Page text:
Save Money on Streaming Media With Slate’s New Calculator

So the very day that I write about how I don’t think my decision to stick with Hulu Plus deserves a Billfold post of its own, Slate releases a new Cable vs. Streaming Services Calculator.

First of all, you get a list of all the major streaming services, what they offer, and what they cost. Amazon Prime costs $99 per year and gets you access to Mozart in the Jungle, and Hulu Plus costs $95.88 per year and gets you access to The Awesomes. Netflix costs $107.88, a new service called Sling TV costs $240, etc.

Then you get to punch in all of your information: how much your service provider charges for cable+Internet, how much your service provider would charge for just Internet, and how many streaming services you want to subscribe to.

I hopped on to Xfinity to confirm a few numbers, then told Slate’s calculator that Xfinity would charge me $89.99 per month for cable+Internet, $76.95 per month for just Internet, and that I wanted to keep my current subscriptions to Amazon Prime and Hulu Plus.

The calculator spit out my answer in a conveniently tweetable format:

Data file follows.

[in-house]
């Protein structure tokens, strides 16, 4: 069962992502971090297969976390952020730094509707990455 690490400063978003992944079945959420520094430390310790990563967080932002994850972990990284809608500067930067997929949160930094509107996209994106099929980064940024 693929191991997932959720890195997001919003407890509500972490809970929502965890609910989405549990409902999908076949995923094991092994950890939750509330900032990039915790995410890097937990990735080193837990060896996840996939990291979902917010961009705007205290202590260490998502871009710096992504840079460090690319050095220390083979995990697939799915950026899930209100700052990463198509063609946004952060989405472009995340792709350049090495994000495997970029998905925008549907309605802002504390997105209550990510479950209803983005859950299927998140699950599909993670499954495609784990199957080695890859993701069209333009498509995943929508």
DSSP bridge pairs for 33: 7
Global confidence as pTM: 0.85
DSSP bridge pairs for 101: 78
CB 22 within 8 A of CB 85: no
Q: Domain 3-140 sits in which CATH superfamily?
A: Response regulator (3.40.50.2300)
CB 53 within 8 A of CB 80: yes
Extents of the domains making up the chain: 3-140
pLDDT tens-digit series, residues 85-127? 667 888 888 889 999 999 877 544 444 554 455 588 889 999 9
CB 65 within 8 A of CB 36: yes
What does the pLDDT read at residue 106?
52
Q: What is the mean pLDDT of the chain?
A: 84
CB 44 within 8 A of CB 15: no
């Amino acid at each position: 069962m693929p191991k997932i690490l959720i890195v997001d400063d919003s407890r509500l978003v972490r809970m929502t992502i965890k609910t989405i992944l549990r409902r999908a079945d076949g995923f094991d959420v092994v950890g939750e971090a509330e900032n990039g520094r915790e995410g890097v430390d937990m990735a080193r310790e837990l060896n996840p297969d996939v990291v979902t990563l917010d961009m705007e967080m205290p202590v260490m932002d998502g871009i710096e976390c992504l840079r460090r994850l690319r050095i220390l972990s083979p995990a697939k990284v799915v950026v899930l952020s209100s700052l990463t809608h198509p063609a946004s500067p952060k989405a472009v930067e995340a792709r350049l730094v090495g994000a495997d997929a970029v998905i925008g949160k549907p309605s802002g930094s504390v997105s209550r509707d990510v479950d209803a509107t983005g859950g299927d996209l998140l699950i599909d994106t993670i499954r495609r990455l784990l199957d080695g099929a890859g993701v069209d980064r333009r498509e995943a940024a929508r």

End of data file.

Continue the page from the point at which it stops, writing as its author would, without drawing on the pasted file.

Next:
Now wait just a gosh darn tootin’ minute.

Sure, maybe Slate’s calculator figured out that it would be less expensive for me to sign up for the $89.99 cable+Internet plan and drop all of my streaming services. But that calculator does not know that I do not own a TV. That calculator does not take into account how much money I save by using Amazon Prime for shipping. If I bought a TV and lost Amazon free shipping, I would spend much more than $38.40.

That calculator also doesn’t know that Hulu Plus gave me a free month, and I got another free month of Hulu Plus last year because I ate three boxes of cereal.

That calculator simply does not take into account all of the variables.

I love that Slate’s calculator lets us see the cost of all the available streaming services side-by-side. I’m not sure how much I like it as a calculator, though. I only learned one thing by using the calculator, and that’s that I probably pay way too much for Internet. I don’t know how to bring that number down, though. Maybe, like Mike Dang did with JetBlue, I can send Xfinity a polite email.

Photo Credit: Anthony Kelly

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